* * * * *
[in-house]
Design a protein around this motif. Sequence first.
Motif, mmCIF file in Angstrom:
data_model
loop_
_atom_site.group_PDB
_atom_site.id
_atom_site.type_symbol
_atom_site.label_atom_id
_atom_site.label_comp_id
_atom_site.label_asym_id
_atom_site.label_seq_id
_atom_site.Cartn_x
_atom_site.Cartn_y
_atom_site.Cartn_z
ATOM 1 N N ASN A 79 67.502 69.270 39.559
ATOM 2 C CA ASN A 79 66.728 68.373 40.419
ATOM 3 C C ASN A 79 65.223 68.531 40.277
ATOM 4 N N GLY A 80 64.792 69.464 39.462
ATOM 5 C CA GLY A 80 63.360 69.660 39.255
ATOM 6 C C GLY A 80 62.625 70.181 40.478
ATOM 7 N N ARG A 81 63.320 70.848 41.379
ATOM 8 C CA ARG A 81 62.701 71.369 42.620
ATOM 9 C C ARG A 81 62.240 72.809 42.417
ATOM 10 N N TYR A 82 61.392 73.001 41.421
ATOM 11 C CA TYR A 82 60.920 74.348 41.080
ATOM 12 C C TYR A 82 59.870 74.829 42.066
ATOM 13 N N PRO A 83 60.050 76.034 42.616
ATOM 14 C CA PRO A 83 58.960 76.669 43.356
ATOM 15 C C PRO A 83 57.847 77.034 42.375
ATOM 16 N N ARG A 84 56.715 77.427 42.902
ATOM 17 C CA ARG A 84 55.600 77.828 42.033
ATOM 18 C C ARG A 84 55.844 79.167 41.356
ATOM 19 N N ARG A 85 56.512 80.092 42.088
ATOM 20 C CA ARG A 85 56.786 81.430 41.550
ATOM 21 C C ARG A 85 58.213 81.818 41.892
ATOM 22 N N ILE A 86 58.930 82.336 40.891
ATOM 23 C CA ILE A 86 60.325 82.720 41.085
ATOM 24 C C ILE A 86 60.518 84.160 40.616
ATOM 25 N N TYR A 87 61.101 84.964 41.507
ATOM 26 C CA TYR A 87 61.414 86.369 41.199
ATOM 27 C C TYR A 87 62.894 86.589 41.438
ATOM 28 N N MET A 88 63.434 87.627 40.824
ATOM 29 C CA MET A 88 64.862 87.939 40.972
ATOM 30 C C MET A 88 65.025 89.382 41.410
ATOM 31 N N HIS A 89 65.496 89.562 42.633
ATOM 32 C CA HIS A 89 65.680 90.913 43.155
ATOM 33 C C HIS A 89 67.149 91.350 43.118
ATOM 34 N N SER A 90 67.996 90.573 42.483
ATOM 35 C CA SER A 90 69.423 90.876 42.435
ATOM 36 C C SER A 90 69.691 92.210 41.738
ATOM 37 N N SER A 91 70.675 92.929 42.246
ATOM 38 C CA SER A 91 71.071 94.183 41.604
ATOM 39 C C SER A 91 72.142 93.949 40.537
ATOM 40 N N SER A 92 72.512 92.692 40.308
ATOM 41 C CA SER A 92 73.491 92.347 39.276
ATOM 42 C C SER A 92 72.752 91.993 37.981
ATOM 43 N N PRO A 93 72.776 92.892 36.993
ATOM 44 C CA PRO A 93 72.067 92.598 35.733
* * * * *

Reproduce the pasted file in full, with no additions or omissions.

[in-house]
Design a protein around this motif. Sequence first.
Motif, mmCIF file in Angstrom:
data_model
loop_
_atom_site.group_PDB
_atom_site.id
_atom_site.type_symbol
_atom_site.label_atom_id
_atom_site.label_comp_id
_atom_site.label_asym_id
_atom_site.label_seq_id
_atom_site.Cartn_x
_atom_site.Cartn_y
_atom_site.Cartn_z
ATOM 1 N N ASN A 79 67.502 69.270 39.559
ATOM 2 C CA ASN A 79 66.728 68.373 40.419
ATOM 3 C C ASN A 79 65.223 68.531 40.277
ATOM 4 N N GLY A 80 64.792 69.464 39.462
ATOM 5 C CA GLY A 80 63.360 69.660 39.255
ATOM 6 C C GLY A 80 62.625 70.181 40.478
ATOM 7 N N ARG A 81 63.320 70.848 41.379
ATOM 8 C CA ARG A 81 62.701 71.369 42.620
ATOM 9 C C ARG A 81 62.240 72.809 42.417
ATOM 10 N N TYR A 82 61.392 73.001 41.421
ATOM 11 C CA TYR A 82 60.920 74.348 41.080
ATOM 12 C C TYR A 82 59.870 74.829 42.066
ATOM 13 N N PRO A 83 60.050 76.034 42.616
ATOM 14 C CA PRO A 83 58.960 76.669 43.356
ATOM 15 C C PRO A 83 57.847 77.034 42.375
ATOM 16 N N ARG A 84 56.715 77.427 42.902
ATOM 17 C CA ARG A 84 55.600 77.828 42.033
ATOM 18 C C ARG A 84 55.844 79.167 41.356
ATOM 19 N N ARG A 85 56.512 80.092 42.088
ATOM 20 C CA ARG A 85 56.786 81.430 41.550
ATOM 21 C C ARG A 85 58.213 81.818 41.892
ATOM 22 N N ILE A 86 58.930 82.336 40.891
ATOM 23 C CA ILE A 86 60.325 82.720 41.085
ATOM 24 C C ILE A 86 60.518 84.160 40.616
ATOM 25 N N TYR A 87 61.101 84.964 41.507
ATOM 26 C CA TYR A 87 61.414 86.369 41.199
ATOM 27 C C TYR A 87 62.894 86.589 41.438
ATOM 28 N N MET A 88 63.434 87.627 40.824
ATOM 29 C CA MET A 88 64.862 87.939 40.972
ATOM 30 C C MET A 88 65.025 89.382 41.410
ATOM 31 N N HIS A 89 65.496 89.562 42.633
ATOM 32 C CA HIS A 89 65.680 90.913 43.155
ATOM 33 C C HIS A 89 67.149 91.350 43.118
ATOM 34 N N SER A 90 67.996 90.573 42.483
ATOM 35 C CA SER A 90 69.423 90.876 42.435
ATOM 36 C C SER A 90 69.691 92.210 41.738
ATOM 37 N N SER A 91 70.675 92.929 42.246
ATOM 38 C CA SER A 91 71.071 94.183 41.604
ATOM 39 C C SER A 91 72.142 93.949 40.537
ATOM 40 N N SER A 92 72.512 92.692 40.308
ATOM 41 C CA SER A 92 73.491 92.347 39.276
ATOM 42 C C SER A 92 72.752 91.993 37.981
ATOM 43 N N PRO A 93 72.776 92.892 36.993
ATOM 44 C CA PRO A 93 72.067 92.598 35.733